applying connected component analysis to the scanned document image in order to generate at least one merged text line, wherein each of the merged text lines correlate to at least one of the handwritten annotations and the printed text lines; and
discriminating the printed text lines from the handwritten annotations by comparing the merged text lines to the regular pattern of the projection histograms; wherein the regular pattern is margins of the printed text lines.
4. A method for detecting handwritten annotations from a scanned document image, the scanned document image having a handwritten annotation and at least one printed text line, the method comprising the steps of:
generating at least one projection histogram for the scanned document image, wherein the projection histogram includes a regular pattern that correlates to the printed text lines;
applying connected component analysis to the scanned document image in order to generate at least one merged text line, wherein each of the merged text lines correlate to at least one of the handwritten annotations and the printed text lines;
comparing the merged text lines to the regular pattern of the projection histograms, thereby discriminating the printed text lines from the handwritten annotations; and
detecting text line peaks from the projection histogram of the scanned document image.
5. A method for detecting handwritten annotations from a scanned document image, the scanned document image having a handwritten annotation and at least one printed text line, the method comprising the steps of:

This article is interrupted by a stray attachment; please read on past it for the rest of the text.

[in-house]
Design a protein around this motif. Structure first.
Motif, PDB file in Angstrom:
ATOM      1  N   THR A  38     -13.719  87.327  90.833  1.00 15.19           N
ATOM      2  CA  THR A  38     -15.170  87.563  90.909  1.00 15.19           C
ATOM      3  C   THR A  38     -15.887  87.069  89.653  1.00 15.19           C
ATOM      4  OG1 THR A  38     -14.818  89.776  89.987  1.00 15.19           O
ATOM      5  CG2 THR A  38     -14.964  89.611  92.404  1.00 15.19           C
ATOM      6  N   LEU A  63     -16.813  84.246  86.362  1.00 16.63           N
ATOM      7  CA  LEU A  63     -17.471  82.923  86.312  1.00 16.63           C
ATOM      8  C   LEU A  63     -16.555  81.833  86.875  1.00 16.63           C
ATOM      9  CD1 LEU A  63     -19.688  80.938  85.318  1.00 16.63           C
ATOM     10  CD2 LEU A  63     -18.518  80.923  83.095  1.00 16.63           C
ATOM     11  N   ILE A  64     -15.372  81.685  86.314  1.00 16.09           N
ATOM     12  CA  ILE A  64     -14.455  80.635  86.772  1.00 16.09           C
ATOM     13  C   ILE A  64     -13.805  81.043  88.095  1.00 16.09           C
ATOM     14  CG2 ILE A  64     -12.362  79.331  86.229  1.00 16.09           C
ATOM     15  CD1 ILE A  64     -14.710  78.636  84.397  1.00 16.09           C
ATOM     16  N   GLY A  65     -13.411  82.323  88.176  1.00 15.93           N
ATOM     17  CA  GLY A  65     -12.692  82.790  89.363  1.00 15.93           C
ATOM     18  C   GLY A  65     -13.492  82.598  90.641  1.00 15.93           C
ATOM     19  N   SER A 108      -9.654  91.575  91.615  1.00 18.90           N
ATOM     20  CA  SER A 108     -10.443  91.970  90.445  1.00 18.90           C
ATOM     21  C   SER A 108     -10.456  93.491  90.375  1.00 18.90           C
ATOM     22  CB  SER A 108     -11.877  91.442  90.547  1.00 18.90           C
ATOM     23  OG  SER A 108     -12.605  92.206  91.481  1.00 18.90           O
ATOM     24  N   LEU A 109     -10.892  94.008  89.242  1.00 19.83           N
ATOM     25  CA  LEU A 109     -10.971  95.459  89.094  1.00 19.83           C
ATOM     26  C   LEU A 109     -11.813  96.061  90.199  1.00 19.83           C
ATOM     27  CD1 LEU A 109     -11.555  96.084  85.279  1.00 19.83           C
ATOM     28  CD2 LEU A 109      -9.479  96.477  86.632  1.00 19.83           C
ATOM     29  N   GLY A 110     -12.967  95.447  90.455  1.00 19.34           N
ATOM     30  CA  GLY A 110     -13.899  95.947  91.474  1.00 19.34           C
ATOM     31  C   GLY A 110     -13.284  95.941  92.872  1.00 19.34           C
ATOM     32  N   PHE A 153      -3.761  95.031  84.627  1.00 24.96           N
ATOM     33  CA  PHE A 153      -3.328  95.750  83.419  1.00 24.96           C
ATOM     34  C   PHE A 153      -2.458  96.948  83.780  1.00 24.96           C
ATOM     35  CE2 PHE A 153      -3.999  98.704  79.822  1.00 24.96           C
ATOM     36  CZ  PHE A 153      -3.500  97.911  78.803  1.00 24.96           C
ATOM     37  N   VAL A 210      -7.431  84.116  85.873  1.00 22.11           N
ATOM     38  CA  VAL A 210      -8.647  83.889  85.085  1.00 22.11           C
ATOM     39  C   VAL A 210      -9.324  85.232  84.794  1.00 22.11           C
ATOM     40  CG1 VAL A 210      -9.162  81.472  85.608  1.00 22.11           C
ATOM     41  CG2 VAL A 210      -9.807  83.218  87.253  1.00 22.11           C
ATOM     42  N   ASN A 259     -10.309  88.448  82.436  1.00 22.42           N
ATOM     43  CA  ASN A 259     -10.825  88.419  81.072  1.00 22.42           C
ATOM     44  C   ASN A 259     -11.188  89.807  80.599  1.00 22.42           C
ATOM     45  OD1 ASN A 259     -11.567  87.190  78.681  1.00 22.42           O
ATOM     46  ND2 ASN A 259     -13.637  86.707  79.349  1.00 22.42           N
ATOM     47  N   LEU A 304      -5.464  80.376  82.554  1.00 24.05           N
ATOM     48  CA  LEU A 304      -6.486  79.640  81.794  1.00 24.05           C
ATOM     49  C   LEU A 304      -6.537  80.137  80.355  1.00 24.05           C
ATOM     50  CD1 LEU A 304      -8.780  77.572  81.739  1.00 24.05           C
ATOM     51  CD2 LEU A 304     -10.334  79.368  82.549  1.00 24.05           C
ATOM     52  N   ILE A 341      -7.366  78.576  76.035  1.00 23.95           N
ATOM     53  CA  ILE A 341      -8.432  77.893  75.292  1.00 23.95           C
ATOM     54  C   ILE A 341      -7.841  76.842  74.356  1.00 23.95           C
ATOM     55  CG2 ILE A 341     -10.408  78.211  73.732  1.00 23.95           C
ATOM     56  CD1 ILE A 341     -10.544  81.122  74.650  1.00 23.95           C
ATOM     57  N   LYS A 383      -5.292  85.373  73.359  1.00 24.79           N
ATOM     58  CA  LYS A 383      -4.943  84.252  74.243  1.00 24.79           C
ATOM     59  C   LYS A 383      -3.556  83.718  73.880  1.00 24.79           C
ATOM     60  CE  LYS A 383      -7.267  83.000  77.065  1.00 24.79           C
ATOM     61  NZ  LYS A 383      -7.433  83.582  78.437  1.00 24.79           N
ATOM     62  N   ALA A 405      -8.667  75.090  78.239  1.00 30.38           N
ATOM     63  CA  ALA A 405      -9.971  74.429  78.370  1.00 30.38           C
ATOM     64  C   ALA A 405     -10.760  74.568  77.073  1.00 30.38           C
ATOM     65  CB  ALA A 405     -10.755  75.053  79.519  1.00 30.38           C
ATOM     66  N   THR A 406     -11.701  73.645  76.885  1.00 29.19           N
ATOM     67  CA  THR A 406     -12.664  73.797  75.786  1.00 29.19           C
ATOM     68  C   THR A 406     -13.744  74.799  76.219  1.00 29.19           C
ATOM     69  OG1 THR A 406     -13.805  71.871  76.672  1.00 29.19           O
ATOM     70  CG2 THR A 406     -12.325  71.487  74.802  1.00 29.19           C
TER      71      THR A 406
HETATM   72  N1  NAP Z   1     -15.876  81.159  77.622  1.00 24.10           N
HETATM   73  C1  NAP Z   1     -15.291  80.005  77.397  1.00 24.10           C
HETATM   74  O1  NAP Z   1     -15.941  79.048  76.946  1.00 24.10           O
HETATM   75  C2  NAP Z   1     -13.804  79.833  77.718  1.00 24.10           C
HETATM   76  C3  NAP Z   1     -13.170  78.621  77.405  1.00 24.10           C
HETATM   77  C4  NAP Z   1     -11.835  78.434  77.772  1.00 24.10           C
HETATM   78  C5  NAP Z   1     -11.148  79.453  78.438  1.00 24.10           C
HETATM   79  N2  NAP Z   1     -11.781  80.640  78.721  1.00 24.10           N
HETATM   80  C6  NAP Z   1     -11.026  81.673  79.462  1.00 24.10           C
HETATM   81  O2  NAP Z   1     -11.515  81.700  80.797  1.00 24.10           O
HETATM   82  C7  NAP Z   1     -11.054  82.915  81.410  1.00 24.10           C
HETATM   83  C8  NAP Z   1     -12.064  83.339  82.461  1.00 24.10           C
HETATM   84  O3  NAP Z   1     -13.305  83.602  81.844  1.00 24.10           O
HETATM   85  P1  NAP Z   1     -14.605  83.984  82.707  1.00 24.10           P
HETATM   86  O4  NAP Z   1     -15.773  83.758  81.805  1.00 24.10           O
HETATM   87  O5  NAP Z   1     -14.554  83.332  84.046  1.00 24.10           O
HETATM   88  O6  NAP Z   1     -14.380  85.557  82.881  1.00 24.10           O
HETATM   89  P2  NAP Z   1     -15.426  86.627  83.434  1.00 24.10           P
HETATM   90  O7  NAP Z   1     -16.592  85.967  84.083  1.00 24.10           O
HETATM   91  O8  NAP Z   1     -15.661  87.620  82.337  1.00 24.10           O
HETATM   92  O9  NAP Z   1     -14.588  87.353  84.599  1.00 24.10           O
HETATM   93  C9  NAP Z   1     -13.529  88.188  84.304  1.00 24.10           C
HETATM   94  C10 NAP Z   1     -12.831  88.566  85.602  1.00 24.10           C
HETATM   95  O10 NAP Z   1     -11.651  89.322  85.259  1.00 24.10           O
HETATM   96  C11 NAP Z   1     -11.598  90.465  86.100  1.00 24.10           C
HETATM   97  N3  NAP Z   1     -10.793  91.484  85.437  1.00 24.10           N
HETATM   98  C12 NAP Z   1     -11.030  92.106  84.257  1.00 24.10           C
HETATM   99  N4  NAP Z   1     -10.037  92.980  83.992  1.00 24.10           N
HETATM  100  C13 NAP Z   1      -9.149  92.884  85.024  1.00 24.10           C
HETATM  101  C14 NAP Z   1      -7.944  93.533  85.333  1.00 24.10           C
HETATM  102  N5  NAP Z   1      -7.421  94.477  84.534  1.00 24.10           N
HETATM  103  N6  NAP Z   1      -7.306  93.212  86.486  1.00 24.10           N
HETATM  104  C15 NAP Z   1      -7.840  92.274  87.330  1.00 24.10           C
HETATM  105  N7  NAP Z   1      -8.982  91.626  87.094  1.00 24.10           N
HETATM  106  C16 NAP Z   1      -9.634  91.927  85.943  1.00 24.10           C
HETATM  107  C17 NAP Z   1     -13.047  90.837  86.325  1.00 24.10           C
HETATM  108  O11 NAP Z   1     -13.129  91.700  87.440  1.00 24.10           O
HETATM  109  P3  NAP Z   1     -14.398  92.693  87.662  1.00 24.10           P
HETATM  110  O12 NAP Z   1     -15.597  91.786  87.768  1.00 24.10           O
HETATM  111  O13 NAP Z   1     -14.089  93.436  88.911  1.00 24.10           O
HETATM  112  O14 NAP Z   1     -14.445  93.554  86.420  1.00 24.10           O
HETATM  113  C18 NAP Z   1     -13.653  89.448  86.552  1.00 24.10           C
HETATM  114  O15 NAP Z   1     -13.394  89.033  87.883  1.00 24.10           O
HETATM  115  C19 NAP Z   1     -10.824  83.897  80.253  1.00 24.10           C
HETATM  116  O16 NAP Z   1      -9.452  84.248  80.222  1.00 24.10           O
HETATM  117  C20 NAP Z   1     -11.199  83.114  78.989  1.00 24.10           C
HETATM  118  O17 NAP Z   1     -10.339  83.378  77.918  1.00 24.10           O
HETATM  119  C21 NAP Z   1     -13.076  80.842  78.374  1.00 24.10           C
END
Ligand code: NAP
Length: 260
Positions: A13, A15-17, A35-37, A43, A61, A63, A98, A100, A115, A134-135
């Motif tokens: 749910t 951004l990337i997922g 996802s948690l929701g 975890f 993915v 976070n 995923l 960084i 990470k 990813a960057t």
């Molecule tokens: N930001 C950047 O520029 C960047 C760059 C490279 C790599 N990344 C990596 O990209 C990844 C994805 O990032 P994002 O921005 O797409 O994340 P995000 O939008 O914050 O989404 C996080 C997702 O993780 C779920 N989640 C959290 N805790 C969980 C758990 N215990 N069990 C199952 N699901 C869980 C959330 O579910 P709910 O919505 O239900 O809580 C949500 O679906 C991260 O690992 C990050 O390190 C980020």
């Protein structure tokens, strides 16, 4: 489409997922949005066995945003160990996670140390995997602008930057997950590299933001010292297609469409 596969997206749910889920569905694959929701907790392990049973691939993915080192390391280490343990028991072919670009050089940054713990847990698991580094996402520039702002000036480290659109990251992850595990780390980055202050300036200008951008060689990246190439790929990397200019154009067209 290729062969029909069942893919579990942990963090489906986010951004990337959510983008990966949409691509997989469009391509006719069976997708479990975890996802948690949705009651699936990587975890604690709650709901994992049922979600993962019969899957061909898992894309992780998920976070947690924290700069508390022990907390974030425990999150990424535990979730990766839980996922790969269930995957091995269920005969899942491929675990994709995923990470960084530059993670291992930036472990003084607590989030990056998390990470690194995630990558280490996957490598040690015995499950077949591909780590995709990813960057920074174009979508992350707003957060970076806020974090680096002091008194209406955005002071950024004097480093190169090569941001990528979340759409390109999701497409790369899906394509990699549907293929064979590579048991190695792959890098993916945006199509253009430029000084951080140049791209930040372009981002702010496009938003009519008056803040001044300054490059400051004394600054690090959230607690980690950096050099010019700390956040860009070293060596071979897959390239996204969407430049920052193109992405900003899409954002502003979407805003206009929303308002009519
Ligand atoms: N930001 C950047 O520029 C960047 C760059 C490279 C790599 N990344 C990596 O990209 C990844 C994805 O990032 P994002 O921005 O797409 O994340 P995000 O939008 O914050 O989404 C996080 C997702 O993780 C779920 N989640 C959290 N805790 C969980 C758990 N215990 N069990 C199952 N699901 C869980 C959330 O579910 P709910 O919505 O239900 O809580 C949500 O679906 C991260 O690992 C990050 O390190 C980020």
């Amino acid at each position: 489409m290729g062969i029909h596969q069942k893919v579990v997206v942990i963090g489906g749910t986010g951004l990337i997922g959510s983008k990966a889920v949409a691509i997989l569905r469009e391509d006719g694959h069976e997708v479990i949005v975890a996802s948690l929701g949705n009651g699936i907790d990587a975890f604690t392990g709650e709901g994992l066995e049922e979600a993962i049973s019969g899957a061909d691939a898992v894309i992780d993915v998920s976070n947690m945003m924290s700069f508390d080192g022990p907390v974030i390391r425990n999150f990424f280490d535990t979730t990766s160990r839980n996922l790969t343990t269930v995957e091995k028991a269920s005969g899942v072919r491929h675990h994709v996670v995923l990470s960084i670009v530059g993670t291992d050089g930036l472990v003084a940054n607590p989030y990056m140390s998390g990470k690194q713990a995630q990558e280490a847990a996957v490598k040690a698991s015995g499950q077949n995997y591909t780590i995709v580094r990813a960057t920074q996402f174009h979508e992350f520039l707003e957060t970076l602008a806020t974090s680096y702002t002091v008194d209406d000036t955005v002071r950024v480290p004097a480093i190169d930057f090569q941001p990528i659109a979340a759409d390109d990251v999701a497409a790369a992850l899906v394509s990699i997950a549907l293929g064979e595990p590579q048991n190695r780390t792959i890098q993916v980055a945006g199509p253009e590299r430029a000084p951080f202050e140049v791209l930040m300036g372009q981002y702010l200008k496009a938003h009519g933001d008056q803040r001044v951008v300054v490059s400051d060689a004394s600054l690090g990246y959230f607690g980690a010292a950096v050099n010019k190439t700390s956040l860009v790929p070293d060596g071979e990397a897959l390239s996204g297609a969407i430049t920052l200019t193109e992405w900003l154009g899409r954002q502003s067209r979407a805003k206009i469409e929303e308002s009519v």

generating at least one projection histogram for the scanned document image, wherein the projection histogram includes a regular pattern that correlates to the printed text lines;
applying connected component analysis to the scanned document image in order to generate at least one merged text line, wherein each of the merged text lines correlate to at least one of the handwritten annotations and the printed text lines; and
comparing the merged text lines to the regular pattern of the projection histograms, thereby discriminating the printed text lines from the handwritten annotations;
wherein the step of applying connected component analysis further comprising steps of:
generating connected components onto the scanned document image by connecting dark pixels that are in relation to each other;
generating bounding boxes of the connected components; and
line merging the bounding boxes that are within a same text line in order to generate the merged text line.
6. The method of claim 5, wherein the step of line merging is recursively performed until there is no bounding box on the same text line to line merge.
7. The method of claim 5, wherein the step of line merging merges two of the bounding boxes if one bounding box is completely inside the other bounding box.